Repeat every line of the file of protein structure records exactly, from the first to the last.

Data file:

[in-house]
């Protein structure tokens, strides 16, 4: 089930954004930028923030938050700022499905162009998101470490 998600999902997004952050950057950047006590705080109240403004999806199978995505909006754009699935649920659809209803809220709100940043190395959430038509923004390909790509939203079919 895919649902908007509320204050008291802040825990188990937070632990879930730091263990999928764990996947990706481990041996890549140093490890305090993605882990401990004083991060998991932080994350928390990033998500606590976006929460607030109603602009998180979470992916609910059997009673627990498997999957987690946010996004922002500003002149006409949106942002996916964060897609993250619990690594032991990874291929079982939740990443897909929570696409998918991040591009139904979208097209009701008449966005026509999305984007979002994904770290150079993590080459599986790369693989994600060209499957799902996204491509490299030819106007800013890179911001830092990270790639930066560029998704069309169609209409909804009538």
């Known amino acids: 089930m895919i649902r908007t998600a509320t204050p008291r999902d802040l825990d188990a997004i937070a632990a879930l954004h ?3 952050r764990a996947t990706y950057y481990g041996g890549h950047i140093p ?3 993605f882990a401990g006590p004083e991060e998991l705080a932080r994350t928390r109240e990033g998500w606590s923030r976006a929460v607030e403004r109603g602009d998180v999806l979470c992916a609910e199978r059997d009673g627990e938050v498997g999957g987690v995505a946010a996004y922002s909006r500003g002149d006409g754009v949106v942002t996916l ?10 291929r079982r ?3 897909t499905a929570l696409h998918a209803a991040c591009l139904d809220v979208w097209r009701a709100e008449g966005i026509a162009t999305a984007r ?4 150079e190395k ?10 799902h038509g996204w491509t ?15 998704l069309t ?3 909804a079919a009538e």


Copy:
[in-house]
């Protein structure tokens, strides 16, 4: 089930954004930028923030938050700022499905162009998101470490 998600999902997004952050950057950047006590705080109240403004999806199978995505909006754009699935649920659809209803809220709100940043190395959430038509923004390909790509939203079919 895919649902908007509320204050008291802040825990188990937070632990879930730091263990999928764990996947990706481990041996890549140093490890305090993605882990401990004083991060998991932080994350928390990033998500606590976006929460607030109603602009998180979470992916609910059997009673627990498997999957987690946010996004922002500003002149006409949106942002996916964060897609993250619990690594032991990874291929079982939740990443897909929570696409998918991040591009139904979208097209009701008449966005026509999305984007979002994904770290150079993590080459599986790369693989994600060209499957799902996204491509490299030819106007800013890179911001830092990270790639930066560029998704069309169609209409909804009538």
């Known amino acids: 089930m895919i649902r908007t998600a509320t204050p008291r999902d802040l825990d188990a997004i937070a632990a879930l954004h ?3 952050r764990a996947t990706y950057y481990g041996g890549h950047i140093p ?3 993605f882990a401990g006590p004083e991060e998991l705080a932080r994350t928390r109240e990033g998500w606590s923030r976006a929460v607030e403004r109603g602009d998180v999806l979470c992916a609910e199978r059997d009673g627990e938050v498997g999957g987690v995505a946010a996004y922002s909006r500003g002149d006409g754009v949106v942002t996916l ?10 291929r079982r ?3 897909t499905a929570l696409h998918a209803a991040c591009l139904d809220v979208w097209r009701a709100e008449g966005i026509a162009t999305a984007r ?4 150079e190395k ?10 799902h038509g996204w491509t ?15 998704l069309t ?3 909804a079919a009538e």